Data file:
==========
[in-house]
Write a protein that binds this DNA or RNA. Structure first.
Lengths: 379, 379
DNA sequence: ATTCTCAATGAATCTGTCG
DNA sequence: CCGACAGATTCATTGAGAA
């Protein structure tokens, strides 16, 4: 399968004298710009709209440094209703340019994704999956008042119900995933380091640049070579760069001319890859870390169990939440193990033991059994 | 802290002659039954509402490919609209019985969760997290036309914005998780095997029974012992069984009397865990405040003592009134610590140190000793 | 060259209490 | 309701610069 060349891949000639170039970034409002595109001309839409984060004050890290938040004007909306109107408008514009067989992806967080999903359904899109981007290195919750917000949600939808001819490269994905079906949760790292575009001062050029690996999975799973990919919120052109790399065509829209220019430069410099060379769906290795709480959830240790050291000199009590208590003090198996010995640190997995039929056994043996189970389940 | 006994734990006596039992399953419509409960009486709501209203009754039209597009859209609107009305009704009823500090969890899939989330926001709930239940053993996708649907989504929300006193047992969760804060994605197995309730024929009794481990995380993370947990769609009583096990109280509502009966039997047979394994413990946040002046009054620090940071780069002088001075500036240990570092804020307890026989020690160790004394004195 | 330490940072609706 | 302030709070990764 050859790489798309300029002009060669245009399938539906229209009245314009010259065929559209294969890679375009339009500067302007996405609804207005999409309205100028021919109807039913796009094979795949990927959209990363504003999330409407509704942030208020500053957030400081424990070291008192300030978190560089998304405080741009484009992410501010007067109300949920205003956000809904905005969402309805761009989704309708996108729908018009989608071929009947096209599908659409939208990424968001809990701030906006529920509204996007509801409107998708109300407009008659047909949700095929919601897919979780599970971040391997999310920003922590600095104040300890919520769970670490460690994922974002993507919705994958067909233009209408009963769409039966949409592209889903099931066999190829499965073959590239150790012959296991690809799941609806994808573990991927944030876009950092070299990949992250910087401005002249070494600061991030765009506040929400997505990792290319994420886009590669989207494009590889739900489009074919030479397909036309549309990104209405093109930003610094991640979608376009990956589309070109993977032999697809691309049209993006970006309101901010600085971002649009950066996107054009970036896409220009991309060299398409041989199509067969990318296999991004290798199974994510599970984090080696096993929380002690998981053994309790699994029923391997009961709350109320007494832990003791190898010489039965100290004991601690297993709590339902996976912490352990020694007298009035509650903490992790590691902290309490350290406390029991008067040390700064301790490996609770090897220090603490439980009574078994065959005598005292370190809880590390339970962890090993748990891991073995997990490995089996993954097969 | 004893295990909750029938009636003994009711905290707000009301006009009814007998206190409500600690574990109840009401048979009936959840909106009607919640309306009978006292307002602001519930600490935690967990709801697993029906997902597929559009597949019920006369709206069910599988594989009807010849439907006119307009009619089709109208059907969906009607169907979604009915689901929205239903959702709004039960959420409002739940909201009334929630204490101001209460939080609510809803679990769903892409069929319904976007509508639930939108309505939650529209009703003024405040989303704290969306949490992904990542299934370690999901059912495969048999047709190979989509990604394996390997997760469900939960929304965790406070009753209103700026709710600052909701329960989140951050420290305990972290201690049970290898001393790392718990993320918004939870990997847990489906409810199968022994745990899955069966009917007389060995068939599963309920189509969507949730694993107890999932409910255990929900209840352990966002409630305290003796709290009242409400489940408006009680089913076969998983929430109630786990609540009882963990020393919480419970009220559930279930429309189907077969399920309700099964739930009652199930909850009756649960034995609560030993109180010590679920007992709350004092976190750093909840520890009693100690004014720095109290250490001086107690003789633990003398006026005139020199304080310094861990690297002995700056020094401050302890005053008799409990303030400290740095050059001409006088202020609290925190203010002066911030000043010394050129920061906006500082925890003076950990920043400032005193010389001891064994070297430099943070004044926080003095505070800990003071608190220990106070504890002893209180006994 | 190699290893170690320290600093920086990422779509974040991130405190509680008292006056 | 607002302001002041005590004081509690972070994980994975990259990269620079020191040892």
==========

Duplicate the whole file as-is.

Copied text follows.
[in-house]
Write a protein that binds this DNA or RNA. Structure first.
Lengths: 379, 379
DNA sequence: ATTCTCAATGAATCTGTCG
DNA sequence: CCGACAGATTCATTGAGAA
């Protein structure tokens, strides 16, 4: 399968004298710009709209440094209703340019994704999956008042119900995933380091640049070579760069001319890859870390169990939440193990033991059994 | 802290002659039954509402490919609209019985969760997290036309914005998780095997029974012992069984009397865990405040003592009134610590140190000793 | 060259209490 | 309701610069 060349891949000639170039970034409002595109001309839409984060004050890290938040004007909306109107408008514009067989992806967080999903359904899109981007290195919750917000949600939808001819490269994905079906949760790292575009001062050029690996999975799973990919919120052109790399065509829209220019430069410099060379769906290795709480959830240790050291000199009590208590003090198996010995640190997995039929056994043996189970389940 | 006994734990006596039992399953419509409960009486709501209203009754039209597009859209609107009305009704009823500090969890899939989330926001709930239940053993996708649907989504929300006193047992969760804060994605197995309730024929009794481990995380993370947990769609009583096990109280509502009966039997047979394994413990946040002046009054620090940071780069002088001075500036240990570092804020307890026989020690160790004394004195 | 330490940072609706 | 302030709070990764 050859790489798309300029002009060669245009399938539906229209009245314009010259065929559209294969890679375009339009500067302007996405609804207005999409309205100028021919109807039913796009094979795949990927959209990363504003999330409407509704942030208020500053957030400081424990070291008192300030978190560089998304405080741009484009992410501010007067109300949920205003956000809904905005969402309805761009989704309708996108729908018009989608071929009947096209599908659409939208990424968001809990701030906006529920509204996007509801409107998708109300407009008659047909949700095929919601897919979780599970971040391997999310920003922590600095104040300890919520769970670490460690994922974002993507919705994958067909233009209408009963769409039966949409592209889903099931066999190829499965073959590239150790012959296991690809799941609806994808573990991927944030876009950092070299990949992250910087401005002249070494600061991030765009506040929400997505990792290319994420886009590669989207494009590889739900489009074919030479397909036309549309990104209405093109930003610094991640979608376009990956589309070109993977032999697809691309049209993006970006309101901010600085971002649009950066996107054009970036896409220009991309060299398409041989199509067969990318296999991004290798199974994510599970984090080696096993929380002690998981053994309790699994029923391997009961709350109320007494832990003791190898010489039965100290004991601690297993709590339902996976912490352990020694007298009035509650903490992790590691902290309490350290406390029991008067040390700064301790490996609770090897220090603490439980009574078994065959005598005292370190809880590390339970962890090993748990891991073995997990490995089996993954097969 | 004893295990909750029938009636003994009711905290707000009301006009009814007998206190409500600690574990109840009401048979009936959840909106009607919640309306009978006292307002602001519930600490935690967990709801697993029906997902597929559009597949019920006369709206069910599988594989009807010849439907006119307009009619089709109208059907969906009607169907979604009915689901929205239903959702709004039960959420409002739940909201009334929630204490101001209460939080609510809803679990769903892409069929319904976007509508639930939108309505939650529209009703003024405040989303704290969306949490992904990542299934370690999901059912495969048999047709190979989509990604394996390997997760469900939960929304965790406070009753209103700026709710600052909701329960989140951050420290305990972290201690049970290898001393790392718990993320918004939870990997847990489906409810199968022994745990899955069966009917007389060995068939599963309920189509969507949730694993107890999932409910255990929900209840352990966002409630305290003796709290009242409400489940408006009680089913076969998983929430109630786990609540009882963990020393919480419970009220559930279930429309189907077969399920309700099964739930009652199930909850009756649960034995609560030993109180010590679920007992709350004092976190750093909840520890009693100690004014720095109290250490001086107690003789633990003398006026005139020199304080310094861990690297002995700056020094401050302890005053008799409990303030400290740095050059001409006088202020609290925190203010002066911030000043010394050129920061906006500082925890003076950990920043400032005193010389001891064994070297430099943070004044926080003095505070800990003071608190220990106070504890002893209180006994 | 190699290893170690320290600093920086990422779509974040991130405190509680008292006056 | 607002302001002041005590004081509690972070994980994975990259990269620079020191040892």